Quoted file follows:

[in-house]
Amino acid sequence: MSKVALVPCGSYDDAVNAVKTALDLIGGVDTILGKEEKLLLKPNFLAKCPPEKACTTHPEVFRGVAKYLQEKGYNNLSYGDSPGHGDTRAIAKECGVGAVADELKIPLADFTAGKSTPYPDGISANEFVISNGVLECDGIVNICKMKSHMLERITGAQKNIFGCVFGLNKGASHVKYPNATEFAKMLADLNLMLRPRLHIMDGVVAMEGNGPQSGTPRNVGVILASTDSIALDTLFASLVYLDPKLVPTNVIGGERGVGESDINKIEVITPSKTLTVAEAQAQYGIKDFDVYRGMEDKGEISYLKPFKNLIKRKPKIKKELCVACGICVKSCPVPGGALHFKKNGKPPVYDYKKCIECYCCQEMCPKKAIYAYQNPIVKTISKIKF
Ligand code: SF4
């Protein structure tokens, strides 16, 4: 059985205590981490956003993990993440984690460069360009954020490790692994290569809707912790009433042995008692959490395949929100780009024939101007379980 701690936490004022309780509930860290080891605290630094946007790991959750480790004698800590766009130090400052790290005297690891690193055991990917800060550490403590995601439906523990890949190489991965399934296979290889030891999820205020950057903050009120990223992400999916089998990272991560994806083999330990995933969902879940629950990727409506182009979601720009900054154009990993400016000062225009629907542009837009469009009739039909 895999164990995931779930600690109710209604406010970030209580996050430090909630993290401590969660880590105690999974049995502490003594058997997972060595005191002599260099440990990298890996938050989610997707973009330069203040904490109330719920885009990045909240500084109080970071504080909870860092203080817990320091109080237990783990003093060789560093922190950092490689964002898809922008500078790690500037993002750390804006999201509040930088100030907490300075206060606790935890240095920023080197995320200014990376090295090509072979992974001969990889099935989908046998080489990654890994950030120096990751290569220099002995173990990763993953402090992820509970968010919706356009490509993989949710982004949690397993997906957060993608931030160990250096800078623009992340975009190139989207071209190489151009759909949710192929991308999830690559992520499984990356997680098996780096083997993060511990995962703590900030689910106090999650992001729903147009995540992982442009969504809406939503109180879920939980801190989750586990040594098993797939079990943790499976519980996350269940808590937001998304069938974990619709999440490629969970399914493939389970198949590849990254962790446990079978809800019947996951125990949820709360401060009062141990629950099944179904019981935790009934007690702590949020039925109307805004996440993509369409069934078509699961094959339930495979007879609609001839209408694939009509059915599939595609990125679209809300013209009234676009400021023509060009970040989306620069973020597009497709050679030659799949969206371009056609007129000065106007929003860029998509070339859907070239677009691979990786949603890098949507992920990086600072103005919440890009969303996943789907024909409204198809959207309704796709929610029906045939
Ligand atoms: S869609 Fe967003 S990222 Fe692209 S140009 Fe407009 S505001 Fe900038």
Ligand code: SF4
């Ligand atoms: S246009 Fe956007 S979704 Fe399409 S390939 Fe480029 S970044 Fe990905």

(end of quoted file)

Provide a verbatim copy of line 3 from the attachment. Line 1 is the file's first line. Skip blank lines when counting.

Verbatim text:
Ligand code: SF4